destructive behavior when he has truly repented of it in his heart. As
he moves closer to the heart of God, he begins to develop a “godly
sorrow” over his sin... Spiritual repentance is an experience whereby a
person’s will is altered for the express purpose of bringing it into
line with God’s will. (Gallagher, S. At The Altar Of Sexual Idolatry.
Dry Ridge, KY: Pure Life Ministries)
In 1937 the
American Tract Society sponsored a contest in which they offered a prize
of $1,000 for the best new book written on one of the “essential
evangelical doctrines of the Christian faith.” Sixty-one years ago,
$1,000 was a lot of money and a great many well-known Christian authors
entered the contest hoping to win the prize. A committee representing
six denominations judged the entries. The judges unanimously chose a
book written by a man whose name I have mentioned before—Dr. Harry
Ironside, who for many years served as pastor of the famous Moody
Memorial Church in downtown Chicago. The book he wrote is entitled
Except Ye Repent. The title is taken from the King James Version of Luke
13:3 where Jesus said to the men of his day, “Except ye repent, ye shall
all likewise perish.”
Let me quote the first sentence from Dr. Ironside’s introduction: “Fully
convinced in my own mind that the doctrine of repentance is the missing
note in many otherwise orthodox and fundamentally sound circles today, I
have penned this volume out of a full heart.” Repentance, he says, is
the missing note in many otherwise sound churches. If it was so in 1937,
how much more it must be true in 1998.
In our day, and in our circles, the doctrine of repentance is not
preached very often. There are several reasons for this. First, we live
in a superficial age and any preaching of repentance is bound to cut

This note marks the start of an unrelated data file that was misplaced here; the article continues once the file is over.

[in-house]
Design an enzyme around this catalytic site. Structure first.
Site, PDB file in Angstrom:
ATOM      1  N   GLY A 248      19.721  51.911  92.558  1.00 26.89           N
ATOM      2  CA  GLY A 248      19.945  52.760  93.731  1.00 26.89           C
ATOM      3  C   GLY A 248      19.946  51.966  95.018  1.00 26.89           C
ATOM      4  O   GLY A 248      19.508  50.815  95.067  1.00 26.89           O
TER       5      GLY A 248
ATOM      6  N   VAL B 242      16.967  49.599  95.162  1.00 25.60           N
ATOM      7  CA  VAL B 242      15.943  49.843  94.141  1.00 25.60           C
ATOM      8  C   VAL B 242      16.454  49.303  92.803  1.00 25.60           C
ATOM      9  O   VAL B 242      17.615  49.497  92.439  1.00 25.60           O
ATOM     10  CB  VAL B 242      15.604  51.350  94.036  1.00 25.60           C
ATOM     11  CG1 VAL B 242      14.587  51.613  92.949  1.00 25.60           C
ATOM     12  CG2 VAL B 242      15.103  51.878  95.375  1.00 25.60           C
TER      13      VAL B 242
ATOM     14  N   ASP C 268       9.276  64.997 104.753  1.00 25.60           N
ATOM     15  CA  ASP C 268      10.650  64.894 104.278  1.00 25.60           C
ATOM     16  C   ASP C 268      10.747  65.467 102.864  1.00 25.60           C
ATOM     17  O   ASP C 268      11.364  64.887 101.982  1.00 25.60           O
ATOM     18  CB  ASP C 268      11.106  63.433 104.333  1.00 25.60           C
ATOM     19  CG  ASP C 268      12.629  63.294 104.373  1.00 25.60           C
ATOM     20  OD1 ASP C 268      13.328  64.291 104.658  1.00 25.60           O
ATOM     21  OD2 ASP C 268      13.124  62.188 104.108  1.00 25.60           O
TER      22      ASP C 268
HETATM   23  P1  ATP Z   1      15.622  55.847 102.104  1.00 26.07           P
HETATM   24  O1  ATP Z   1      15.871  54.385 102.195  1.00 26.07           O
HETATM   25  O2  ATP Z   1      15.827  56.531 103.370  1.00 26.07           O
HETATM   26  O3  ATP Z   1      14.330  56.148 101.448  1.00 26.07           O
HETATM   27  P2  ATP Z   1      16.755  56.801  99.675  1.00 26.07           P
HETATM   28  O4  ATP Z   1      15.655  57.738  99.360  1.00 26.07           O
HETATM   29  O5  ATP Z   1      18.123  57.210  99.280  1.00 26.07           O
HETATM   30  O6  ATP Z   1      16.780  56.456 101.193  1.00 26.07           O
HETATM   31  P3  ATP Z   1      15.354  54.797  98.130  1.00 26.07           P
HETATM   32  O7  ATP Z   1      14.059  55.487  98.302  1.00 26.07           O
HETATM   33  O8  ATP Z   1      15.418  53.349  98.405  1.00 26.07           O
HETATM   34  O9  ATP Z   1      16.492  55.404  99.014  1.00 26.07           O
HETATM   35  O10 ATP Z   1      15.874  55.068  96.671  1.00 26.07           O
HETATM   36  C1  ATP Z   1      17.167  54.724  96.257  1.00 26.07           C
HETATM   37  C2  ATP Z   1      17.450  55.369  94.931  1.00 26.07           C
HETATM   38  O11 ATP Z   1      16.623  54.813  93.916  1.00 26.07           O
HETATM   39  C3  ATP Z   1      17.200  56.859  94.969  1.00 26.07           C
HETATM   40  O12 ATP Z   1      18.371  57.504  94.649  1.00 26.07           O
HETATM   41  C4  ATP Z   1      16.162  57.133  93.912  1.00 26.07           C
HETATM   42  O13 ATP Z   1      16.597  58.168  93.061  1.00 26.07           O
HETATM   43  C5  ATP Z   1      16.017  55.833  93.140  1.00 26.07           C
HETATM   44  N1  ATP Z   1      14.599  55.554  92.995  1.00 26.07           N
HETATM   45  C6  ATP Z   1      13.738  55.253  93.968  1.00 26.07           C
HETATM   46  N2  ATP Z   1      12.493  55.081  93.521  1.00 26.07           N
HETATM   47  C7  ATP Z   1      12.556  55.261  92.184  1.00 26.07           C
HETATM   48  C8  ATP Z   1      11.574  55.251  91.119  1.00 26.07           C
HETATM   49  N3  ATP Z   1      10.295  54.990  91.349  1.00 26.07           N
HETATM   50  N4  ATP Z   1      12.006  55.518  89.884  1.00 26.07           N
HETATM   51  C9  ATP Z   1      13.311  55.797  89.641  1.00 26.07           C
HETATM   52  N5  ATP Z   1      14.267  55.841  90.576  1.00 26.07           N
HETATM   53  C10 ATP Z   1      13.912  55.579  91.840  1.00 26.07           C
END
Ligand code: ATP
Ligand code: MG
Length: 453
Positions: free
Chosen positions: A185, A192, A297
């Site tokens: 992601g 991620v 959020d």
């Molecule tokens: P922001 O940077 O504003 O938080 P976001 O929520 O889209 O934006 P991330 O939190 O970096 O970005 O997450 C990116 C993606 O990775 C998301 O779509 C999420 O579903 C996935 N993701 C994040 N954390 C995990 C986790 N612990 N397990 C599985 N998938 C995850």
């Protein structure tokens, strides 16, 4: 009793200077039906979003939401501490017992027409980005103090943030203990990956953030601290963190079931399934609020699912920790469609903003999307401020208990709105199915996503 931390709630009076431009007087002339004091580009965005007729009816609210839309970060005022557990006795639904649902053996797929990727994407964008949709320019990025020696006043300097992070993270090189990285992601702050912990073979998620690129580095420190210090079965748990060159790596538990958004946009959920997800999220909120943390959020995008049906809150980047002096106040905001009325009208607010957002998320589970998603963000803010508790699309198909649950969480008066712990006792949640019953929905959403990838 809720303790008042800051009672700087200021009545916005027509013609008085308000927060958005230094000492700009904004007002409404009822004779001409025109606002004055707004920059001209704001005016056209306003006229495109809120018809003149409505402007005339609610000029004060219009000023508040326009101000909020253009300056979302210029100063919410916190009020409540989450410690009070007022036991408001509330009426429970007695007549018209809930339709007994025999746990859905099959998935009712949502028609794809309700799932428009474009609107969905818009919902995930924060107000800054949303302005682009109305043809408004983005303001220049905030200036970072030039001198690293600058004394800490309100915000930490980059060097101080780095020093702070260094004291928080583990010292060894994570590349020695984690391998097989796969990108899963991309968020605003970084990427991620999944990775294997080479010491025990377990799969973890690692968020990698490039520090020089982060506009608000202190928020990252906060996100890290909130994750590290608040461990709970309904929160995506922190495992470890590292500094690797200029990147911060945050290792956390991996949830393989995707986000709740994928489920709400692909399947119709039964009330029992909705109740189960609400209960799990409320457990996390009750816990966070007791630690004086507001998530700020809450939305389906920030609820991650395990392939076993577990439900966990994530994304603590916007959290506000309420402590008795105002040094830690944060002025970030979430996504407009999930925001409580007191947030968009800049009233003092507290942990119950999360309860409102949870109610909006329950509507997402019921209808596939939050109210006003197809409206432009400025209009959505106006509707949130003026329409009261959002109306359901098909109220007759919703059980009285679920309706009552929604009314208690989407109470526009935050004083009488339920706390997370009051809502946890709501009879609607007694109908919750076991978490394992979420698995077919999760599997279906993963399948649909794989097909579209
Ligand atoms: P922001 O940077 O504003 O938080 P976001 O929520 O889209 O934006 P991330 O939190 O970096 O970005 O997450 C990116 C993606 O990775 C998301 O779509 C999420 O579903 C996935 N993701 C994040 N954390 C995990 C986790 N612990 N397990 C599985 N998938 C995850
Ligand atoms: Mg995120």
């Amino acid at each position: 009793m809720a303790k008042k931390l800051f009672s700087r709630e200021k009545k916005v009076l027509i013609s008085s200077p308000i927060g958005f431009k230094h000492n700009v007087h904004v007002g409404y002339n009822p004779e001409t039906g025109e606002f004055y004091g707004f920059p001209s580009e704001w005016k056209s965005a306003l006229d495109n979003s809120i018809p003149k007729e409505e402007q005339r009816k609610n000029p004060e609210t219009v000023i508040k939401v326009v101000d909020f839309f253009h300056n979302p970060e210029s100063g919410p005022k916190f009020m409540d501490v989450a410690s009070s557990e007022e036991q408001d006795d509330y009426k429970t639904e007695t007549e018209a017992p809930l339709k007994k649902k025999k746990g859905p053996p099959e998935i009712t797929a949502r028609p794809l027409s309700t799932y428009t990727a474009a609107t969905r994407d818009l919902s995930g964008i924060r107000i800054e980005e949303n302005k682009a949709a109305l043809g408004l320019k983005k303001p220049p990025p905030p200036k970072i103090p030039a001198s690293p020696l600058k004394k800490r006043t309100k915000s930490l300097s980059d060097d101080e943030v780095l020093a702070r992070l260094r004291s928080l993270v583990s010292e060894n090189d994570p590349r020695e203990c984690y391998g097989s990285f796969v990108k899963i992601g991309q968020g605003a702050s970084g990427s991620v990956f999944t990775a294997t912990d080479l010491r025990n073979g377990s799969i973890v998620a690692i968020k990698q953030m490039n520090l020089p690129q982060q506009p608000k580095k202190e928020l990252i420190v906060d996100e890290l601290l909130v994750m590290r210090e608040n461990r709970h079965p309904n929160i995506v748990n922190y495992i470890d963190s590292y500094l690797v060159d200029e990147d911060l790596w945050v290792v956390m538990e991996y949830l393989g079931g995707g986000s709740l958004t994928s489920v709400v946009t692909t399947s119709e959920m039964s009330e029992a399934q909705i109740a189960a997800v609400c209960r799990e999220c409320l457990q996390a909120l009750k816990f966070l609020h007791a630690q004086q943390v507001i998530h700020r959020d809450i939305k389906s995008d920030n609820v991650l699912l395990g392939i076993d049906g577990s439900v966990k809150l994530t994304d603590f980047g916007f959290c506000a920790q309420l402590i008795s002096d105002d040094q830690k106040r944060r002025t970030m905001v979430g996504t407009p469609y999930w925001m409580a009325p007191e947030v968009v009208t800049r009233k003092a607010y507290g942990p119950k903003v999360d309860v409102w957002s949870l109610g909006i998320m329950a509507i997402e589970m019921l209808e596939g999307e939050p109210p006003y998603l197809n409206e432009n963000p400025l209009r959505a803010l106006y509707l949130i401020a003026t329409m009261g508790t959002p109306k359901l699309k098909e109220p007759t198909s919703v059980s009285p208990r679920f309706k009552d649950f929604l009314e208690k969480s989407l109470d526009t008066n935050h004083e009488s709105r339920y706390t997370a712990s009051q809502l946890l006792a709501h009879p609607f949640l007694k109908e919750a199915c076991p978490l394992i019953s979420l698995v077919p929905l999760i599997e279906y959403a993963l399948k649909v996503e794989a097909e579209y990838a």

through the superficiality. This is one point on which both liberals and
conservatives share unspoken agreement—no one wants to go to church and
hear hard truth from the pulpit, and repentance is the ultimate hard
truth. Second, some evangelicals fear the preaching of repentance
because they think it somehow opposes the gospel of grace. Their fears
are justified if repentance is made to equal penance, the act whereby a
man atones for his own sin. But that is not true biblical repentance.
Where true repentance is preached, it actually promotes the grace of
The Forgotten Doctrine of Salvation by Dr. Ray Pritchard)
From a devotional
Daily Bread: A Daily Devotional)
Two kinds of repentance are
possible in human experience. One is ‘the sorrow of the world,” a
feeling induced by the fear of getting caught. Many people recognize the
unpleasant consequences of their sin and are persuaded that they are
guilty. This results in a superficial sorrow that may lead to a
temporary reformation but not to a genuine turning to
Christ for forgiveness. Godly sorrow, on the other hand, is accompanied
by conviction of sin, the work of the Holy Spirit (see Acts 2:37).
This stems from the realization of offending a holy God. It leads to
genuine repentance. An unknown author wrote,
“There is a radical distinction
between natural regret and God-given repentance. The flesh can feel
remorse, acknowledge its evil deeds, and be ashamed of itself. However,
this sort of disgust with past actions can be quickly shrugged off, and
the individual can soon go back to his old wicked ways. None of the
marks of true repentance described in 2 Corinthians 7:11 are found in
his behavior. Out of a list of 10 men in the Bible who said, “I have
sinned,” we believe only five actually repented. They were David (2
Sam. 12:13), Nehemiah (Neh. 1:6), Job (Job 42:5, 6), Micah